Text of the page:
Not to date myself, but I remember when the word “perreo” entered into Latin music’s lexicon. It was in the early 2000s when reggaeton was trying to make its mark in the mainstream realm and artists such as Daddy Yankee, Wisin Y Yandel, Voltio, Hector El Father, and more, were weaving this word into their lyrics.
To someone who was learning everything reggaeton, the word “perreo” made sense. It was the type of dance that accompanied the often sexually charged and high-beat songs. However, when the elders started hearing about this word – and asking what it meant – it wasn’t as welcomed as you may imagine. A lot of people felt like this word was too vulgar to even utter. Yet, reggaeton lovers continued perreando, without a care in the world. Now, years later, it has transcended from a unique piece of jargon from those who follow urban Latin music as the Real Academia Española (RAE), the ultimate authority on the Spanish language, added it to its repository.
The inclusion of “perreo” in the RAE marks a monumental milestone, solidifying its place in linguistic history and validating its significant impact on the world of music and dance.
The term “perreo,” often associated with reggaeton, has long been a staple in the lexicon of Latin music enthusiasts, representing a distinctive dance characterized by its rhythmic hip movements. This dance form, deeply embedded in the cultural fabric of Africa, the Caribbean, and Latin America, has now received the ultimate acknowledgment by being enshrined in the official Spanish language dictionary.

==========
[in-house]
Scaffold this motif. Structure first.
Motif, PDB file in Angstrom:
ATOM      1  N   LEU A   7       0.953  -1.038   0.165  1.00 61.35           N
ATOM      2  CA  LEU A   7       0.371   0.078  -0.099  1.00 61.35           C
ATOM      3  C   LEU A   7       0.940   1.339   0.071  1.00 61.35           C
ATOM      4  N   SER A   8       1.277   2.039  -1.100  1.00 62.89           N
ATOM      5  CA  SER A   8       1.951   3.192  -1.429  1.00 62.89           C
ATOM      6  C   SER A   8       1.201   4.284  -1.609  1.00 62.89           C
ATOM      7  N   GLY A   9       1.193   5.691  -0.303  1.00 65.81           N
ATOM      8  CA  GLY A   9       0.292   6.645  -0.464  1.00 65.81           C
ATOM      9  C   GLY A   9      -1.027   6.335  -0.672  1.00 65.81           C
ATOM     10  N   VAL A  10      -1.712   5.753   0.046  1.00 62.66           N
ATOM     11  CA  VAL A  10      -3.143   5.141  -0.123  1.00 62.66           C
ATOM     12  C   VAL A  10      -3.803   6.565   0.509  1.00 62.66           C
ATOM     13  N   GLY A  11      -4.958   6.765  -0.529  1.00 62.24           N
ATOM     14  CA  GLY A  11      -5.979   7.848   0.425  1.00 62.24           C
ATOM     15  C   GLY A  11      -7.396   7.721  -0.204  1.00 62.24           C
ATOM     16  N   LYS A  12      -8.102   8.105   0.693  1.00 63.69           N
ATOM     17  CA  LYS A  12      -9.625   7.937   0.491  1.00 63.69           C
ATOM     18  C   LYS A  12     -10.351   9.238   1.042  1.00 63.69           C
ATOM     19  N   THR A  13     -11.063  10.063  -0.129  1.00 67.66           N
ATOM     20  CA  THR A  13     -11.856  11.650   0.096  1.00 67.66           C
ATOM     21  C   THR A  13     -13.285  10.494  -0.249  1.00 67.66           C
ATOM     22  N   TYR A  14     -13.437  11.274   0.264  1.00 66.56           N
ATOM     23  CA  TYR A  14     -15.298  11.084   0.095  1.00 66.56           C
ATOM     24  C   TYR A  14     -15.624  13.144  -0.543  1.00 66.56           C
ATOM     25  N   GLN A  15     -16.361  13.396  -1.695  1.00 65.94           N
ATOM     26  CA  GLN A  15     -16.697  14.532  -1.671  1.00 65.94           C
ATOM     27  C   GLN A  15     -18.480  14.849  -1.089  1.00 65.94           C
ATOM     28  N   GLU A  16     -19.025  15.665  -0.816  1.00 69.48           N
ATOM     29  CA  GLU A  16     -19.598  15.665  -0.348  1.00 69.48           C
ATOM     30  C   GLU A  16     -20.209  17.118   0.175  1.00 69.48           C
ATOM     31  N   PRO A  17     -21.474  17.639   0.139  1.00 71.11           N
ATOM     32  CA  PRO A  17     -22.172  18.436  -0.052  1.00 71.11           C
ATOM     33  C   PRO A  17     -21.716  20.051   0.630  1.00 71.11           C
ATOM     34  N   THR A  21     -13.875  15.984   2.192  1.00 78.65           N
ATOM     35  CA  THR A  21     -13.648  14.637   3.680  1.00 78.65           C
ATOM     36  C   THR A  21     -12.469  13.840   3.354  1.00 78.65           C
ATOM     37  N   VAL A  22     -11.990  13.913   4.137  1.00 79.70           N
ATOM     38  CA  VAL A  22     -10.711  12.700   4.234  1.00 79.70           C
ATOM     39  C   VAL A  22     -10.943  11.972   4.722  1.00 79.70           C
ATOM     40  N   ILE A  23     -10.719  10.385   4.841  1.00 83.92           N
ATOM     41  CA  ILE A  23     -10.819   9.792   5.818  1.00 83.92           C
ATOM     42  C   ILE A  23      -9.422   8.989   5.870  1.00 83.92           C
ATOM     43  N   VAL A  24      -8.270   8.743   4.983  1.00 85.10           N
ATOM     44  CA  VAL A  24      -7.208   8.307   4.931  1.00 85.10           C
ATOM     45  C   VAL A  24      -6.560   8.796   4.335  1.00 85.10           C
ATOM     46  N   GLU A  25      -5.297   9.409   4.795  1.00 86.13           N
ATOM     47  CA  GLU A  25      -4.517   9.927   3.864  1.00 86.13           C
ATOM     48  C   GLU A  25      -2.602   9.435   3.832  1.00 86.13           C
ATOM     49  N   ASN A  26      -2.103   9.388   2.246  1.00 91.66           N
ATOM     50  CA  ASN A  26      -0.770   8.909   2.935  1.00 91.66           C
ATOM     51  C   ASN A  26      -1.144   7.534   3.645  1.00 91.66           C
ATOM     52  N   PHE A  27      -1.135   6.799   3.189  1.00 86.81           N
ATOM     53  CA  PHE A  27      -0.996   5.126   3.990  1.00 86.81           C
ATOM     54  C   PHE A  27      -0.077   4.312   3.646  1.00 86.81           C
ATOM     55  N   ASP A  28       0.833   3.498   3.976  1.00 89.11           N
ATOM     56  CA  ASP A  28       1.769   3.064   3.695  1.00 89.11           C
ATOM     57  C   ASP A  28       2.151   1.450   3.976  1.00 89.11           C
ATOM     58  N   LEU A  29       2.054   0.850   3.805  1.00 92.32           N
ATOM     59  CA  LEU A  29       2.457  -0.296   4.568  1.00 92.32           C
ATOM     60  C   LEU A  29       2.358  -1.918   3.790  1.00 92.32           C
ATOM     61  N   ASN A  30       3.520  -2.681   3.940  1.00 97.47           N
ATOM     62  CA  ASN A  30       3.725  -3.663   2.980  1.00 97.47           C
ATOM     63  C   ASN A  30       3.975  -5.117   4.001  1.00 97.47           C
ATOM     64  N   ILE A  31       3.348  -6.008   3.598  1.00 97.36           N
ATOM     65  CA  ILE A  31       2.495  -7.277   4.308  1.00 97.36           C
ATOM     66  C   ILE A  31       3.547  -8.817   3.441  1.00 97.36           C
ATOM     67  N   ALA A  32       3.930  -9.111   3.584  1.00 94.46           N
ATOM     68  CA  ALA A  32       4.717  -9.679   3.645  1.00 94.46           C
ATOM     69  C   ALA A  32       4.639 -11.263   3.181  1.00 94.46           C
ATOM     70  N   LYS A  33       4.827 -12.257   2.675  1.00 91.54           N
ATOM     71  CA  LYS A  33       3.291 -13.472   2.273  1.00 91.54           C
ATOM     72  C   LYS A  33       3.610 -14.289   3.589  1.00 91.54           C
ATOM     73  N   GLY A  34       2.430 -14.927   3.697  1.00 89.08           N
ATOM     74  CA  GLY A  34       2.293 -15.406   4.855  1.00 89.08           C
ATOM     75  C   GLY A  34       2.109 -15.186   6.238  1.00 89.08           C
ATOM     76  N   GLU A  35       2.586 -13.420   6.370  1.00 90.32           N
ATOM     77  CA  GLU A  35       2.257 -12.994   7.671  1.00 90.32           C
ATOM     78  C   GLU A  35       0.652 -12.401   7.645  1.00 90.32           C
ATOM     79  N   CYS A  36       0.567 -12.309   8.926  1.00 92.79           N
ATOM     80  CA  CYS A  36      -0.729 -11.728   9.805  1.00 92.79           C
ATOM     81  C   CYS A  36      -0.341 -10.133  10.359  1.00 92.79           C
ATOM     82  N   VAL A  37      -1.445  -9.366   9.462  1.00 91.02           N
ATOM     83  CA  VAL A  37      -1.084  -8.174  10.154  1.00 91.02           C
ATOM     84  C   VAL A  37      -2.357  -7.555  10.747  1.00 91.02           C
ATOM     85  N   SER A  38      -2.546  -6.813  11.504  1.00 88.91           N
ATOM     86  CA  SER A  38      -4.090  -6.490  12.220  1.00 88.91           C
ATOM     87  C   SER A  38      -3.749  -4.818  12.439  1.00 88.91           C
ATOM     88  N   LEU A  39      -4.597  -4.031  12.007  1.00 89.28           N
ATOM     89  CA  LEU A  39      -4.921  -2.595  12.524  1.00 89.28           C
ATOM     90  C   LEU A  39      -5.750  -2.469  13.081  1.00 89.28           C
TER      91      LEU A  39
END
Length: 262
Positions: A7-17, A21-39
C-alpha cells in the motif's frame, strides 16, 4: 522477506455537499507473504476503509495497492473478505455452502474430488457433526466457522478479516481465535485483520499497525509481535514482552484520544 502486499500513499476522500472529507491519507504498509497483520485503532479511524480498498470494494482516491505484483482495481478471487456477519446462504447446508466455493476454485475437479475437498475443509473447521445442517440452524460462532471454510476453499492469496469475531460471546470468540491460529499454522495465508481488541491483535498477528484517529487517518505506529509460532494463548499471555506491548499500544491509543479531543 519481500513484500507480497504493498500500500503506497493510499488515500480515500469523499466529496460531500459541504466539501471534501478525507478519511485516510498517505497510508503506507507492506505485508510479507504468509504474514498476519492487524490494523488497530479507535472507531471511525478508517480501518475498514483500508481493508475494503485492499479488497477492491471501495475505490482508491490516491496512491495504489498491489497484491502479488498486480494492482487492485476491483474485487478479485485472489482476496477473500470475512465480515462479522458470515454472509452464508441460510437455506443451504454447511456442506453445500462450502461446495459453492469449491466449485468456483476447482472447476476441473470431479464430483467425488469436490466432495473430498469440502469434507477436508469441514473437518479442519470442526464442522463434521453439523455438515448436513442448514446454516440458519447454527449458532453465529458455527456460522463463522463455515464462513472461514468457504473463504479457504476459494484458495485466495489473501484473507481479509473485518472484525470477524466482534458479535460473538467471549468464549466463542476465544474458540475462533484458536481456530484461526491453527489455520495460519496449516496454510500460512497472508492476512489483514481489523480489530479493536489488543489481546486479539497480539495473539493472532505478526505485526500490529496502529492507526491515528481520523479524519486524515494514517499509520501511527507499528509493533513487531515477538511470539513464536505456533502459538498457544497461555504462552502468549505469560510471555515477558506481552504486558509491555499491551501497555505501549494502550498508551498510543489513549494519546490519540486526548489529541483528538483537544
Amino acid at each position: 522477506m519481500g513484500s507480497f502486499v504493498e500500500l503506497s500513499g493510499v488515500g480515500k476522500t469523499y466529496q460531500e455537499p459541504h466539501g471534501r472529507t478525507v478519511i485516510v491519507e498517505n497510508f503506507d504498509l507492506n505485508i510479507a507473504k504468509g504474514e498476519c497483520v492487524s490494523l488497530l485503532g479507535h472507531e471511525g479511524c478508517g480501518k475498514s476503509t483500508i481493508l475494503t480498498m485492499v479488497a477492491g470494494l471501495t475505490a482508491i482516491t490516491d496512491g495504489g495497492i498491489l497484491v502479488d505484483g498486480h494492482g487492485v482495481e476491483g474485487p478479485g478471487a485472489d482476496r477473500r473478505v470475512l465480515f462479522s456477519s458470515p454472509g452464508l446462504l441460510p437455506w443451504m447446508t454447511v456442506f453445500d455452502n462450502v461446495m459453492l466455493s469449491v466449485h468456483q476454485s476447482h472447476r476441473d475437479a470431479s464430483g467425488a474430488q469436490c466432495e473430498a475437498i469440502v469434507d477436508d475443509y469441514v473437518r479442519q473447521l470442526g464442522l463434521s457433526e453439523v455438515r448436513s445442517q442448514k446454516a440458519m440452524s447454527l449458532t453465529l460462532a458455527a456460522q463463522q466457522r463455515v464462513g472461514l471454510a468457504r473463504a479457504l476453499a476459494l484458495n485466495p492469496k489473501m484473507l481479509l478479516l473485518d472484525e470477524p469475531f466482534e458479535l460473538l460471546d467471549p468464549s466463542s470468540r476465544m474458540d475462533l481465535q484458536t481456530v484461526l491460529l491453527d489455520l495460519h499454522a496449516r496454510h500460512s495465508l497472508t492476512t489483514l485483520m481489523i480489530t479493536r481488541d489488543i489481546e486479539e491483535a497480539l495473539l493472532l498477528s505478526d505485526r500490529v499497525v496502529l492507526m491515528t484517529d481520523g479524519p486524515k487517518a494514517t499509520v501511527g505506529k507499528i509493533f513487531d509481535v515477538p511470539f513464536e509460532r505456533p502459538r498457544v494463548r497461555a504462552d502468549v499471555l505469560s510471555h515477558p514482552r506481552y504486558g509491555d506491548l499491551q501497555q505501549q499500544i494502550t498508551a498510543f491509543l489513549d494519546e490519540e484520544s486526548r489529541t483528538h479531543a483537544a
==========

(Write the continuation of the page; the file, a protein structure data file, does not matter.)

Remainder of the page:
Telemundo affirms this momentous achievement, showcasing how “perreo” has transitioned from a popular dance movement to a linguistic marker recognized by the esteemed RAE. The RAE’s inclusion of “perreo” signifies a pivotal shift, acknowledging the cultural significance and widespread usage of this term within Spanish-speaking communities worldwide.
NBC News details the significance of “perreo,” elucidating its evolution from a regional dance style to a global phenomenon that transcends borders. After all, the impact of “perreo” within Latino/e communities and its emergence as a defining element of contemporary Latin music and dance culture has been grand. This also underscores the cultural resonance and widespread acceptance of this dance form.
What it Means That ‘Perreo’ Was Added to the RAE
I will say, however, that the “perreo” I say nowadays is nowhere near as explicit as the “perreo” from the early 2000s – and maybe this evolution of the dance should be welcomed. The early 2000s were wild, man.
The inclusion of “perreo” in the RAE represents a validation of Latino/e culture and the rich tapestry of dance forms that form an integral part of the Latin music scene. But this is not to say that the Latino/e community needed recognition from the RAE. Let’s not forget that the core Spanish-language is colonization. The way those from Latin American and Carribean regions decide to mold language is valid – regardless of external recognition or validation.
As for now, we can all take this as a celebration of cultural recognition. So, who’s ready to “perrear”?